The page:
The ability to assert yourself is a core communication skill. Incorporating it can aid stress relief while promoting mutual respect between you and your parent. Some tips to help you be more assertive include practicing saying no, using body language, and rehearsing conversations.

#6 Get therapy

Sometimes the burden and outcome of living with a BPD mother are too much to cope with alone. If self-care strategies are not helping, you can always consider talking to a mental health professional. Many therapists specialize in supporting adult children of BPD parents.

A licensed therapist can provide coping tools to conquer mental health struggles. They can help you open up about how you’re feeling and support you in facing traumatic experiences from early life. It’s also helpful to try new approaches that will aid your healing venture.

With multiple options available, you can find an approach that works for you. You can attend face-to-face sessions or partake in online therapy from home if that makes you more comfortable. Family therapy can improve communication between you and your family members.

A Word From a Psychologist

Borderline personality disorder can drastically affect the mental health of the individual and those around them. Chronic mood swings can make their everyday behavior unpredictable, and growing up in this environment can be detrimental to a child’s emotional well-being.

As you grow older, you can benefit from learning coping methods to deal with your pain. You mustn’t neglect your own feelings while caring for a parent with mental health issues. It does not mean you are turning your back on them – it can actually improve your relationship.

You can communicate your boundaries, express your opinions, and prioritize time for yourself while remaining supportive. A lot of support is available to help you overcome challenges and the negative feelings associated with having been raised by a mother with BPD. Keep in mind that BPD also affects personal relationships.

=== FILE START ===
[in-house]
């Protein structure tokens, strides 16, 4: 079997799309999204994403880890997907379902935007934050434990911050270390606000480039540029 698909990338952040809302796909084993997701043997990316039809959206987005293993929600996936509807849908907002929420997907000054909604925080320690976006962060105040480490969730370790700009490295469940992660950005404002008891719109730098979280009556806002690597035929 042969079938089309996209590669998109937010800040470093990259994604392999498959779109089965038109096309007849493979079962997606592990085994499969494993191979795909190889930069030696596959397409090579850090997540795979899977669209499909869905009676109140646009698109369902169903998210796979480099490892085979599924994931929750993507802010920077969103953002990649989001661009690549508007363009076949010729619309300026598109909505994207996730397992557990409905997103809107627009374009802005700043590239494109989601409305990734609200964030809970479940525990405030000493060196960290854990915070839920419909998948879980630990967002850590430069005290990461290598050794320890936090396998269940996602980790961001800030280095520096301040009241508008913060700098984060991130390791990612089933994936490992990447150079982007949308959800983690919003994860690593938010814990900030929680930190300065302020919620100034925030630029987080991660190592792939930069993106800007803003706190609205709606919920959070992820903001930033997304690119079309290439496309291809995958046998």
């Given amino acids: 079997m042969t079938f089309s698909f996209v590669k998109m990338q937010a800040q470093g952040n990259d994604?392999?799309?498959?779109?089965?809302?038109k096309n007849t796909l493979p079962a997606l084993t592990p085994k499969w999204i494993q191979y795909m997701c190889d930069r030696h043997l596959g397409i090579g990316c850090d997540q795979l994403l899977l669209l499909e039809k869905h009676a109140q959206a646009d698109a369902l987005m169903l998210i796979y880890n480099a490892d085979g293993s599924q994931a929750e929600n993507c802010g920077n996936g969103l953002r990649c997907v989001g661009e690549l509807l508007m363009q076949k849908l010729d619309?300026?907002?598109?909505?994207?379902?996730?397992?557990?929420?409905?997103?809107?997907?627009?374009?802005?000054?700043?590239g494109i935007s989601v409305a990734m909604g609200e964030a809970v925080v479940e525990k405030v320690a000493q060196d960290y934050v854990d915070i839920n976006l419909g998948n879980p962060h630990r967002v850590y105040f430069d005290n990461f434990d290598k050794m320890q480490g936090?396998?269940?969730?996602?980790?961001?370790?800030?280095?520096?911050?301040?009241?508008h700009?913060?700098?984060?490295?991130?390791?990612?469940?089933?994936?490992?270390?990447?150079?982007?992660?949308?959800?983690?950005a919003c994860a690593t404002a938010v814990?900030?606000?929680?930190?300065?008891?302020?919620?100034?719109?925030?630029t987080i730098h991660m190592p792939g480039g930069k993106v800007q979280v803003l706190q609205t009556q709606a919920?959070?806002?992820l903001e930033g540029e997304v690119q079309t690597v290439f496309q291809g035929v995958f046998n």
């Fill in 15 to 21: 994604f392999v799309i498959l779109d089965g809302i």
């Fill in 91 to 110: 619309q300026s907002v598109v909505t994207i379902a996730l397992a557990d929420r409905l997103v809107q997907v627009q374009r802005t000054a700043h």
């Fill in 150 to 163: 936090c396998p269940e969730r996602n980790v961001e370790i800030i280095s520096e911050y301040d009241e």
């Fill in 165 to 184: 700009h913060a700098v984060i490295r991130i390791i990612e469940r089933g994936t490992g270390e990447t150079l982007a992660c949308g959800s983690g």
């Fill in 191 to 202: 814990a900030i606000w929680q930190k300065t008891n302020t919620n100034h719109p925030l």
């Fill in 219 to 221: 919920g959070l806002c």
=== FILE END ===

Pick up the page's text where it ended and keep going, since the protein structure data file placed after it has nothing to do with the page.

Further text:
Going for morning walks, journaling, and spending time with others will give you space and help you take control of your thoughts. Bottling up your feelings and trying to cope with your situation alone can feel more like a burden. This behavior will not benefit you long term.

Remember, if you feel overwhelmed or depressed, you must seek help. A professional can give you guidance on how to manage your thoughts. Therapy is an actionable step that can help you work on your communication skills and rebuild a healthy relationship with your mother.

Conclusion

Growing up with a mother with a BPD diagnosis or untreated BPD can be problematic. It can affect your long-term mental health and alter how you perceive yourself and others. Even if you remove yourself from the home environment or end your relationship entirely, certain experiences can still affect you later.

The critical thing to know is that there are ways to heal from the relationship with your mom. Seeking therapy, establishing boundaries, and taking care of yourself are all positive steps toward a happier life. You can begin your journey to recovery whenever you feel ready.

HR_author_photo_Edibel
Written by
Edibel Quintero is a medical doctor who graduated in 2013 from the University of Zulia and has been working in her profession since then. She specializes in obesity and nutrition, physical rehabilitation, sports massage and post-operative rehabilitation. Edibel’s goal is to help people live healthier lives by educating them about food, exercise, mental wellness and other lifestyle choices that can improve their quality of life.
Medically reviewed by Rosmy Barrios, MD